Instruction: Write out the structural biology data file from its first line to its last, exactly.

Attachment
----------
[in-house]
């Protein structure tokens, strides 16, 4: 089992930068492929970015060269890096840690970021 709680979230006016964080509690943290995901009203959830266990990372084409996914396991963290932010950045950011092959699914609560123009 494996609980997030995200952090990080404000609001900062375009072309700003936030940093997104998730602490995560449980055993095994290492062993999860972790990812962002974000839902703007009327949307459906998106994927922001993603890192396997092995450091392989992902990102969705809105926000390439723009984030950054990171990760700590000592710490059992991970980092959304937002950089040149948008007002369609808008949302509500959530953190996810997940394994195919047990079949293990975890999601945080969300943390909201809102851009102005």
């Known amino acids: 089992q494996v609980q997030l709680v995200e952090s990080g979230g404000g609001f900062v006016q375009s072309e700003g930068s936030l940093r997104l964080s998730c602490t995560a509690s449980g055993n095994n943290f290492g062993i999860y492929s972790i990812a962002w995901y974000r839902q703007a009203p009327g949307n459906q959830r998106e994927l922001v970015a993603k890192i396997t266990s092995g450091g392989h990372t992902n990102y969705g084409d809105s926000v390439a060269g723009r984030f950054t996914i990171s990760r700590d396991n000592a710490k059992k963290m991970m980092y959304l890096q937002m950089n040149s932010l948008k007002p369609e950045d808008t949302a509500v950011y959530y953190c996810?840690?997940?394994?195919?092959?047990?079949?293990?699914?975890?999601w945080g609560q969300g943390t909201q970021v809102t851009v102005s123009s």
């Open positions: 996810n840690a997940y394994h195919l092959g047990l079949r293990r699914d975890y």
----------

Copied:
[in-house]
């Protein structure tokens, strides 16, 4: 089992930068492929970015060269890096840690970021 709680979230006016964080509690943290995901009203959830266990990372084409996914396991963290932010950045950011092959699914609560123009 494996609980997030995200952090990080404000609001900062375009072309700003936030940093997104998730602490995560449980055993095994290492062993999860972790990812962002974000839902703007009327949307459906998106994927922001993603890192396997092995450091392989992902990102969705809105926000390439723009984030950054990171990760700590000592710490059992991970980092959304937002950089040149948008007002369609808008949302509500959530953190996810997940394994195919047990079949293990975890999601945080969300943390909201809102851009102005």
């Known amino acids: 089992q494996v609980q997030l709680v995200e952090s990080g979230g404000g609001f900062v006016q375009s072309e700003g930068s936030l940093r997104l964080s998730c602490t995560a509690s449980g055993n095994n943290f290492g062993i999860y492929s972790i990812a962002w995901y974000r839902q703007a009203p009327g949307n459906q959830r998106e994927l922001v970015a993603k890192i396997t266990s092995g450091g392989h990372t992902n990102y969705g084409d809105s926000v390439a060269g723009r984030f950054t996914i990171s990760r700590d396991n000592a710490k059992k963290m991970m980092y959304l890096q937002m950089n040149s932010l948008k007002p369609e950045d808008t949302a509500v950011y959530y953190c996810?840690?997940?394994?195919?092959?047990?079949?293990?699914?975890?999601w945080g609560q969300g943390t909201q970021v809102t851009v102005s123009s």
């Open positions: 996810n840690a997940y394994h195919l092959g047990l079949r293990r699914d975890y």